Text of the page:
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Erik van Lieshout
Erik van Lieshout (Deurne, 1968) was trained at the art academy of Den Bosch and Ateliers ‘63. He makes, in addition to drawings and painting, video installations and films. His style is direct and his subjects are taken from the street, with initially a lot of sex and music.
Van Lieshout is interested in the human psyche, often in relationship to history and politics. With the exception of an interlude of eighteen months, during which he lived in Cologne, Van Lieshout works and lives in and with the city of Rotterdam. In 2003, Van Lieshout represented the Netherlands at the Biennial of Venice and in the summer of 2013 his work will again be seen in Venice during the exhibition ‘The Encyclopedic Palace’.
On 21 August 2011, he was the guest of the well-known Dutch VPRO television programme ‘Zomergasten’ [Summer Guests]. The conversation with Jelle Brand-Corstius is one of the best from the series.
The major exhibition of Erik van Lieshout in Museum Boijmans Van Beuningen was entitled: ‘This can’t go on (Stay with me)’ and was held from 25 November 2006 to 4 February 2007.
Since October 2008, Museum Boijmans Van Beuningen and the Chabot Museum cooperate to have Rotterdam schoolchildren visit a museum at least once during their school time. Thanks to the financial support of the Turing Foundation, they can arrange a joint museum bus that collects the children from school and takes them home again. Thanks to this free bus transport a visit to the museum becomes much less intimidating and more accessible for ten thousand Rotterdam school children.
The Turing Foundation is a Dutch capital fund, founded by Pieter Geelen from the stock exchange yield of TomTom NV, that uses its money in the Netherlands to let more people enjoy poetry, classical music and museums.
Van Lieshout’s first film dates from 1999 and lasts 3 minutes. ‘EMMDM’ or 'Erik And Maarten Making Deutsch Mark’ is a short clip with hiphop music in which two gangsters, each with boxes on their heads and then as fake black men, complete with greasepaint and wig, race around in a beat-up Mercedes and experience all sorts of adventures. His most recent film is ‘Janus’ (51 min.) and deals with a deceased man from Rotterdam-Zuid who collected antiques. He films Janus’s family, neighbours and fellow citizens and thus creates a portrait of this unusual figure, and also raises questions about the role of the artist in society. What is art? What can art be and to what extend can politics (via money/subsidies) exert influence on art? In January 2013 ’Janus’ went into première at the Rotterdam Film Festival and won a Tiger Award.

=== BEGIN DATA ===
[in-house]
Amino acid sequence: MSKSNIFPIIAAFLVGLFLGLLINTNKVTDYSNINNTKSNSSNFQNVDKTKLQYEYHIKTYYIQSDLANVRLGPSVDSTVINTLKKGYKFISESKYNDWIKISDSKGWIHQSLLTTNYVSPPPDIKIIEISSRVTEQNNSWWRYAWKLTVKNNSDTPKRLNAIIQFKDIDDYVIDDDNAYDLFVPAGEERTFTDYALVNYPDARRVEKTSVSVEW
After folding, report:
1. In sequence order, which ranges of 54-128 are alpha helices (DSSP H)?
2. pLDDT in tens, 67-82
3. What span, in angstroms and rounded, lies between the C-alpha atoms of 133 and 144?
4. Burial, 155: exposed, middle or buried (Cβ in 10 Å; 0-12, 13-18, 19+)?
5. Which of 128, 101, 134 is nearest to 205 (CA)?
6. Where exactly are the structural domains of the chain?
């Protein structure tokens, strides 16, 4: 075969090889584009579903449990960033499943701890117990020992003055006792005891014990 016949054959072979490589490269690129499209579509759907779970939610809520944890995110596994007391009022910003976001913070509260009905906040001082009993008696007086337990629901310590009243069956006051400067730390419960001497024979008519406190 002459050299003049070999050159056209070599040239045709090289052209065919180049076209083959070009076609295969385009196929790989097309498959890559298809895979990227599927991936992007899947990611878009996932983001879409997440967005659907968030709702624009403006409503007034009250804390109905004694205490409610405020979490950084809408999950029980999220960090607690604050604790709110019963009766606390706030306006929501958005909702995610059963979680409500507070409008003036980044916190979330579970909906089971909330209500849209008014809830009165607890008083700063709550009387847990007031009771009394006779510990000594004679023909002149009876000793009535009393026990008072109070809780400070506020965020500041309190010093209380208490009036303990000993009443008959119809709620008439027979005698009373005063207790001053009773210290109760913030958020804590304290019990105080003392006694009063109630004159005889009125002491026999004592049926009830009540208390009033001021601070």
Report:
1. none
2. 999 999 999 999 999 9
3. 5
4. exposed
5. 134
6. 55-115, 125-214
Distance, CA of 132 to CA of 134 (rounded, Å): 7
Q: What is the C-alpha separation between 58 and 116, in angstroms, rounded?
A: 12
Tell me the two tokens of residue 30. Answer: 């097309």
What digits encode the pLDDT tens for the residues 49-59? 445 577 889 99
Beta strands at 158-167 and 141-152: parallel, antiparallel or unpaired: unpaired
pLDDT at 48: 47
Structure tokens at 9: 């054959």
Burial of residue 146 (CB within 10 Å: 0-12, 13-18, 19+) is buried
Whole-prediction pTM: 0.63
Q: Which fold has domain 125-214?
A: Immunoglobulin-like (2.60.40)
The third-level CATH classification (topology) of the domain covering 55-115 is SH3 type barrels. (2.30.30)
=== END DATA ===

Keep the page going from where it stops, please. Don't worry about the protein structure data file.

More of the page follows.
In the framework of De Verbeelding [The Imagination] (a collaboration between the Mondriaan Fonds and the Dutch Film Fund), Popov Film will be producing Erik van Lieshout’s first feature film entitled: ‘Work’.
The toddlers Bregje is showing around are from the Mariaschool, a public primary school on the Taanderplein in Rotterdam which pays special attention to art. At school the children get lessons from the culture coach (Andrea Jacobs) about the museum’s collection and visit the museum several times each term to see the works in real life. Museum Boijmans Van Beuningen has strong links with many primary and secondary schools in Rotterdam and its suburbs and offers a wide, up-to-date and made-to-measure programme of tours and activities for school children and students.
Bregje of Boijmans TV clearly has no experience with showing children around the museum. Fortunately, the toddlers have a natural feeling for ‘strange things’ and don’t allow anything to spoil their fun.
Salvador Dalí and the surrealists
Museum Boijmans Van Beuningen has a wonderful collection of surrealists, for which the exhibition about Salvador Dalí in 1970 laid the basis. The exhibition was made by the first curator of modern art, Mrs. Hammacher-van den Brande (19 March 1913), who, as a Belgian art historian, had a slightly different orientation than her colleagues in the other Dutch museums. When mounting the Dalí exhibition, she came into contact with Edward James, an Englishman who, in the thirties, was close friends with the surrealists and owned major works by, in particular, Dalí and Magritte. Hammacher borrowed paintings from James’ collection, which was virtually complete and subsequently was given the opportunity of being the first to purchase work from it for the museum.